ESFA concern: providers subcontracting to employers

Providers using employers as subcontractors in ways that are “contrary to the spirit” of the apprenticeship reforms will face the consequences, the Education and Skills Funding Agency has warned.

Keith Smith, director of funding and programmes at the agency, told delegates on the first morning of the Association of Employment and Learning Providers’ conference that the practice was “a bit of a theme at the moment” and that the agency was “increasingly concerned” about it.

“Some providers [are] trying to get employers involved as sub-contractors, getting them below the £100,000 radar, and actually trying get money back to the employer for stuff they do already, which is contrary to everything we’re trying to achieve,” he said.

“So as soon as we see a provider or a employer working against the intent of the rules we will intervene – the provider will be removed from register and also potentially other larger consequences as well,” he warned.

Mr Smith’s words prompted confusion from AELP boss Mark Dawe, who asked for “some explanation and clarity around what is good and what is bad there”.

Current funding rules do allow for providers to use employers as subcontractors – although FE Week warned about the potential for this rule to be exploited as a loophole back in March, when the rules were updated.

As soon as we see a provider or a employer working against the intent of the rules we will intervene

“You’re absolutely right, we want employers to have a place in the system where they can be engaged and they can be supported in delivery, that’s what we want,” Mr Smith said.

He continued: “What we don’t want to see is specifically where employers are being brought into the system in essence to recoup costs that they would generally incur themselves anyway.”

Such cases were “presented as a financial inducement”, Mr Smith said.

“It’s being presented as, you did a deal with us, there’s nothing more you need to do, we’ll put you as doing the induction, we’ll say that you’re doing it, we’ll pay you back X per cent or X amount, and therefore you can get this from us and it’s all fine as you can be a subcontractor, and you won’t have to go and worry about going to the ESFA,” he explained.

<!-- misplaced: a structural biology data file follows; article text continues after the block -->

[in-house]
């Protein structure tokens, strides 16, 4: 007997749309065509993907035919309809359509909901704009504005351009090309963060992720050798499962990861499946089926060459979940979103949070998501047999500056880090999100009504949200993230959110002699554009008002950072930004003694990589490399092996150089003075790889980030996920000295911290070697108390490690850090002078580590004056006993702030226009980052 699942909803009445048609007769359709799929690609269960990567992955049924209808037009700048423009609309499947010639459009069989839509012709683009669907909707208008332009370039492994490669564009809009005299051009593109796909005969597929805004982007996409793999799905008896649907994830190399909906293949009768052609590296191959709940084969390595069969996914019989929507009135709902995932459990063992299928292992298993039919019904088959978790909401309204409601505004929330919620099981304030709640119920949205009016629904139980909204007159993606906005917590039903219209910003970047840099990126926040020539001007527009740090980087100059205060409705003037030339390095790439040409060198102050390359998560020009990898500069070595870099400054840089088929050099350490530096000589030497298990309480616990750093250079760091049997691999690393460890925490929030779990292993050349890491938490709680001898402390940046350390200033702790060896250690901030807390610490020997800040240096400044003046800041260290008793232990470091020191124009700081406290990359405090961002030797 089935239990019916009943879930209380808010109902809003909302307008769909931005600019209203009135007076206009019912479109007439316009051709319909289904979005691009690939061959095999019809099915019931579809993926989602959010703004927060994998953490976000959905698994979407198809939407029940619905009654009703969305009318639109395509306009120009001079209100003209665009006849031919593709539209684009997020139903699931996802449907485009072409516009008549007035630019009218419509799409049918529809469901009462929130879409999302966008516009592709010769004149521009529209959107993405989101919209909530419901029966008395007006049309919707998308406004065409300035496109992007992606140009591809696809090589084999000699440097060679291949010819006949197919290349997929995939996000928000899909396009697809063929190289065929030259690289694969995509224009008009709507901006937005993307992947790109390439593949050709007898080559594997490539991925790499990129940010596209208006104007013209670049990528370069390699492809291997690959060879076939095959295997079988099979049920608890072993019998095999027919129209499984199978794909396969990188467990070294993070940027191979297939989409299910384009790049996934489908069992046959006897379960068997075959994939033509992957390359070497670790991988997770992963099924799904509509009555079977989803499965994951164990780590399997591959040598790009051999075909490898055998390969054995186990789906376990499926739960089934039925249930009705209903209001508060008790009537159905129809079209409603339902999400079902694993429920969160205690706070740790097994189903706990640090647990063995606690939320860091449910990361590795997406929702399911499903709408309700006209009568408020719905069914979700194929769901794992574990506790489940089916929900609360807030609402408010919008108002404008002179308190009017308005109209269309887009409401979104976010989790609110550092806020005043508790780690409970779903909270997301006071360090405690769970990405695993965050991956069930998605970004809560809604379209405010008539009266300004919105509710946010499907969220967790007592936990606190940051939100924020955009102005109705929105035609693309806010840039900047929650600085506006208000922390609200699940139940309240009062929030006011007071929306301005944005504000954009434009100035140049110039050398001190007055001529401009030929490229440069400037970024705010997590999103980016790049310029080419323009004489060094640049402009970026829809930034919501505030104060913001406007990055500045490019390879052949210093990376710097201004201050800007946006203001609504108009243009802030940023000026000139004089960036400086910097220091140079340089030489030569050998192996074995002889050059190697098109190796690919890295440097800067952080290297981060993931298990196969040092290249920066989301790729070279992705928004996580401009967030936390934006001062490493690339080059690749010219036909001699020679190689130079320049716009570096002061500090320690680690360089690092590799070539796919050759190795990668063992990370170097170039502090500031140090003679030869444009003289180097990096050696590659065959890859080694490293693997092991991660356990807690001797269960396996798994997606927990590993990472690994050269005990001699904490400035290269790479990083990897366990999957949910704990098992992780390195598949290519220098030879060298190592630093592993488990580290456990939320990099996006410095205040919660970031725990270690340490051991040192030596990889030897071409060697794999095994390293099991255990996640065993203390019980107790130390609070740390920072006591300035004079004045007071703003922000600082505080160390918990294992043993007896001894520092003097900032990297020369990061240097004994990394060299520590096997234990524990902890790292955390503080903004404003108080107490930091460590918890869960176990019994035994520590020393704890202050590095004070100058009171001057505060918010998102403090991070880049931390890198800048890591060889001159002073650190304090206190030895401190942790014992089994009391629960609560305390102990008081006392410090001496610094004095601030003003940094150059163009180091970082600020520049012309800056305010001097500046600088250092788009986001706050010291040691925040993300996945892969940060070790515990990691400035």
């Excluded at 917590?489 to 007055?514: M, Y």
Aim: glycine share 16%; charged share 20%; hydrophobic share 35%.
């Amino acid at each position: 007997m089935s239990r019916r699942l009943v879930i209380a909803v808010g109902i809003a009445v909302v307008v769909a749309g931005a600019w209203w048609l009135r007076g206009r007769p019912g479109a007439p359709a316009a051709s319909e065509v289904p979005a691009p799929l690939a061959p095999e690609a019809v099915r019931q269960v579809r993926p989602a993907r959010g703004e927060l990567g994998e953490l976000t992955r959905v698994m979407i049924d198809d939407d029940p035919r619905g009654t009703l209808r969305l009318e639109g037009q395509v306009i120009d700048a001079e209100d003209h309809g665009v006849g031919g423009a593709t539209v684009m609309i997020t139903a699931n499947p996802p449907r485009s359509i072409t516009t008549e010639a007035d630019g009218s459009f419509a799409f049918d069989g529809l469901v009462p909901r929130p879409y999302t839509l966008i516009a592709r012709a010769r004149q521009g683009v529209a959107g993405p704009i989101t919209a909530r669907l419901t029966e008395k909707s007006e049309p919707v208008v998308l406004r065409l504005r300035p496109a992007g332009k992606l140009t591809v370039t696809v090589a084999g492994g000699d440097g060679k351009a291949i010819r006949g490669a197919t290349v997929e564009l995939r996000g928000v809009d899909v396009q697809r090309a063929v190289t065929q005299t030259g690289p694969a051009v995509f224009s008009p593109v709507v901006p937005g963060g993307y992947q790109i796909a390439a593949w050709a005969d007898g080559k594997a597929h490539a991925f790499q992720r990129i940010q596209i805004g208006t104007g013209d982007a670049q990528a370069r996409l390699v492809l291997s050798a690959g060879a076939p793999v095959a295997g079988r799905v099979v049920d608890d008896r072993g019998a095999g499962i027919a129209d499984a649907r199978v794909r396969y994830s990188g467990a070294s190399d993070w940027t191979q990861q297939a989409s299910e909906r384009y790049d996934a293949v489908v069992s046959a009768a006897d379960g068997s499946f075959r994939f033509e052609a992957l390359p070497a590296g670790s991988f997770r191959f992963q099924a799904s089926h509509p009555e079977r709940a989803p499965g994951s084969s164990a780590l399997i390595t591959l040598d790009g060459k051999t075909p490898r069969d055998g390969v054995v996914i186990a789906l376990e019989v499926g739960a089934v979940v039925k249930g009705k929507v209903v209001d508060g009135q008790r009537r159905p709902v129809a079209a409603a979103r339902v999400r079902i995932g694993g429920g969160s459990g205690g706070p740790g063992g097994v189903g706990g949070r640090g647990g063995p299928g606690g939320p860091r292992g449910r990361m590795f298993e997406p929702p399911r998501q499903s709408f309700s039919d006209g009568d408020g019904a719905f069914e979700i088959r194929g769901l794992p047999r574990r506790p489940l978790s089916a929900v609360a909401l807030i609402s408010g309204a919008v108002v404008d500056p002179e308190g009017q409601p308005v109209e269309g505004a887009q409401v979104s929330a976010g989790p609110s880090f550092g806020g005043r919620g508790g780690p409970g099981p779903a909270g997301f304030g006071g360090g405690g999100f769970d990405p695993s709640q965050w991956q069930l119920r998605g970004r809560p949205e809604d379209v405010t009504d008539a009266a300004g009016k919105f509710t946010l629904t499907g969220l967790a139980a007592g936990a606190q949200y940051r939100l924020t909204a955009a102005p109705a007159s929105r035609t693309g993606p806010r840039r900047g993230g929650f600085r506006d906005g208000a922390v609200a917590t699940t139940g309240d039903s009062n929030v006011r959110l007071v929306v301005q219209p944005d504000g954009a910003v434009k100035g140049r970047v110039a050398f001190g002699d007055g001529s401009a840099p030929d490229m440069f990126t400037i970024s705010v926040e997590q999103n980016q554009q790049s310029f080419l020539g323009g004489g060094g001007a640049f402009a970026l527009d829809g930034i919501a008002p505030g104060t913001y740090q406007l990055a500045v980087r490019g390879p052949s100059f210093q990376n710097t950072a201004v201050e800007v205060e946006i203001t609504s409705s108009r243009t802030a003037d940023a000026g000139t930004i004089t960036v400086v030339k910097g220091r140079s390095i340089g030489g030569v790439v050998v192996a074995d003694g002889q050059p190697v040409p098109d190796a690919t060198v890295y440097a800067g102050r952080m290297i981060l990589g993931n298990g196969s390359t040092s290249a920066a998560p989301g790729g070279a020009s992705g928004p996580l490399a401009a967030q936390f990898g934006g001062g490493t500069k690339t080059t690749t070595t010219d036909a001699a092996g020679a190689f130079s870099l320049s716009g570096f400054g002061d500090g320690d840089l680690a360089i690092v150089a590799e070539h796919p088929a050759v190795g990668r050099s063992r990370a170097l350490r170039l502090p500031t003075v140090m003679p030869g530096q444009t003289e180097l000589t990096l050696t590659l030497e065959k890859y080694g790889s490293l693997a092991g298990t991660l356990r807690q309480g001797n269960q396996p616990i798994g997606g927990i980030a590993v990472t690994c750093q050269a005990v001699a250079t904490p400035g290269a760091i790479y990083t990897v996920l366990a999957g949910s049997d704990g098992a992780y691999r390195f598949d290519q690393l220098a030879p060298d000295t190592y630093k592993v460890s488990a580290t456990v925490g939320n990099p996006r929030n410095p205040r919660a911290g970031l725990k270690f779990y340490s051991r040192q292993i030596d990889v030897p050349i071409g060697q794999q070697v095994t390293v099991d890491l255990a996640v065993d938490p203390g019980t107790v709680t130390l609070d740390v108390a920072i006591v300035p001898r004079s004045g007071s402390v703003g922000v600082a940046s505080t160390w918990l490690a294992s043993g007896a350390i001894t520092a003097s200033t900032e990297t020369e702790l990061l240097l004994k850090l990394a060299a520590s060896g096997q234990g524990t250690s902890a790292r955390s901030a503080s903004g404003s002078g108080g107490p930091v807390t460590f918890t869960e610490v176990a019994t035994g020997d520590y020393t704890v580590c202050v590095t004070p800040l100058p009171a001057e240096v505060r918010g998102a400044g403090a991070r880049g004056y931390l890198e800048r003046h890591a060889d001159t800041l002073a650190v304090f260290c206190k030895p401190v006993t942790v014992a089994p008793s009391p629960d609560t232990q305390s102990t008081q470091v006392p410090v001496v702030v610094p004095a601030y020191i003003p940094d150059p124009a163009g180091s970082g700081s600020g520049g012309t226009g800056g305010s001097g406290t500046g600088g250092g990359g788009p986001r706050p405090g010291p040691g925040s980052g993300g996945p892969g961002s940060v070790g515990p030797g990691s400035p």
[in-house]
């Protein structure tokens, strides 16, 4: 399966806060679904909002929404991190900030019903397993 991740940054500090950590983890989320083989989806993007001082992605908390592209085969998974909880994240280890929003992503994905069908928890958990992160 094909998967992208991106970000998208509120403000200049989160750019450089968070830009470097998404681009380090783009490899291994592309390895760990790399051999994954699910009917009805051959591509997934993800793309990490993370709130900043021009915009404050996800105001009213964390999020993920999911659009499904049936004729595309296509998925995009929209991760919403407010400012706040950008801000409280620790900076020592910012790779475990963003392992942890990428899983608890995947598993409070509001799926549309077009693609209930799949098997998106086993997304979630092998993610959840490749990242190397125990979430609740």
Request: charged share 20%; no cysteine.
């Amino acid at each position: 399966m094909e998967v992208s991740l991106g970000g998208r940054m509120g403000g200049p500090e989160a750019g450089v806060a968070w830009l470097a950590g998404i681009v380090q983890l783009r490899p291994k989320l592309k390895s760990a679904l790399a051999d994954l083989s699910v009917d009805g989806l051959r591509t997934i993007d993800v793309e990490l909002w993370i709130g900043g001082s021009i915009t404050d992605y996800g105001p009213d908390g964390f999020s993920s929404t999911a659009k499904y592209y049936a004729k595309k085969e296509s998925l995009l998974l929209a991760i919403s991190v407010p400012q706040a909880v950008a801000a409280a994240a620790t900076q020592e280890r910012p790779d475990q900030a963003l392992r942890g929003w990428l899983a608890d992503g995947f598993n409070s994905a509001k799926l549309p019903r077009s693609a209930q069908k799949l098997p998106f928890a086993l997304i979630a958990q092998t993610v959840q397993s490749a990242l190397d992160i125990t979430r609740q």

He added: “It’s not in any way about trying to stop employers owning some of the delivery being part of the delivery – those are all really, really good things”.

Mr Smith also outlined the agency’s plans to reform the audit process for existing providers.

This would involve “moving the end year audit into look at more thematic approaches”, with the aim of “trying to track stages of the apprentices as they go through their journey”.

The agency was looking “very much at the eligibility and initial assessment, and how the 20 per cent off the job is being put together,” at the moment, he said.

“It is a bit too early to say where that is going to go but I think if we take away lessons that this isn’t going to just stop at new providers,” he said.

“Potentially we’ll move away from the kind of looking back angle type view, I want to see audit happening much more regularly much more frequently to get more assurances as we go through the different stages of the programme,” Mr Smith said.

The ESFA had carried out a mystery shop that looked at how providers were responding to the new system, Mr Smith said.

Among the feedback from this mystery shop was the finding that colleges were “more likely [than independent training providers] to explain how they could help the employer in other areas”.

Mr Dawe later told Mr Smith that providers might feel “a little hurt” by some of the findings – although Mr Smith stressed that it wasn’t about “pulling providers up” but was instead about support.

“We really do care that we’re doing enough to support you,” he said.

Mr Dawe also quizzed Mr Smith on the long-awaited adult education budget procurement exercise.

“It’s imminent,” he said.

“I think it’ll be good news for the sector. And I think you’ll see it’s a very sensible way of managing the transition from the current contracts to the new ones,” he added.

Click here to download Keith’s slides.

Published in our #AELP2017 supplement – click here to download.

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  1. Robert Bruce

    How is Keith Smith still employed? Surely he should have been sacked by now, due to the monumental mess ups that have been evident over the last 6 months.

  2. David A

    Personally, I believe when saying “the spirit” of a contract is another way of saying “we didn’t think of that!” When writing guidelines why not include those at the coal face who know what some providers will do. Having a hole in a cintract the size of a bus will allow a wide range of vehicles to drive straight through.

  3. Terry Carter

    Now things get more confusing they say it’s not in the spirit of things? Firstly whose version of the spirit do we follow? Secondly how can it not be in the spirit of it when it is in the rules? In fact whole section on it

    They say contact the ESFA for guidance, hold on the same department that doesn’t reply or when if does refers you to the rules, that doesn’t help One bit

    I get the significant impression we have had a shift since the election, pre elevtion £3m more apprentices, Tory manifesto no mention of 3m and all of a sudden things start to change, is the target still 3m? Doesn’t seem so

    What’s wrong with employers partnering with providers to design and deliver a robust program?

    Employers could have great teams but don’t have the back engine to help it succeed and don’t hold the volume to Warrent it

    I can only assume the government are hell bent on turning a levy into a tax.and are keen to find ways to make that a reality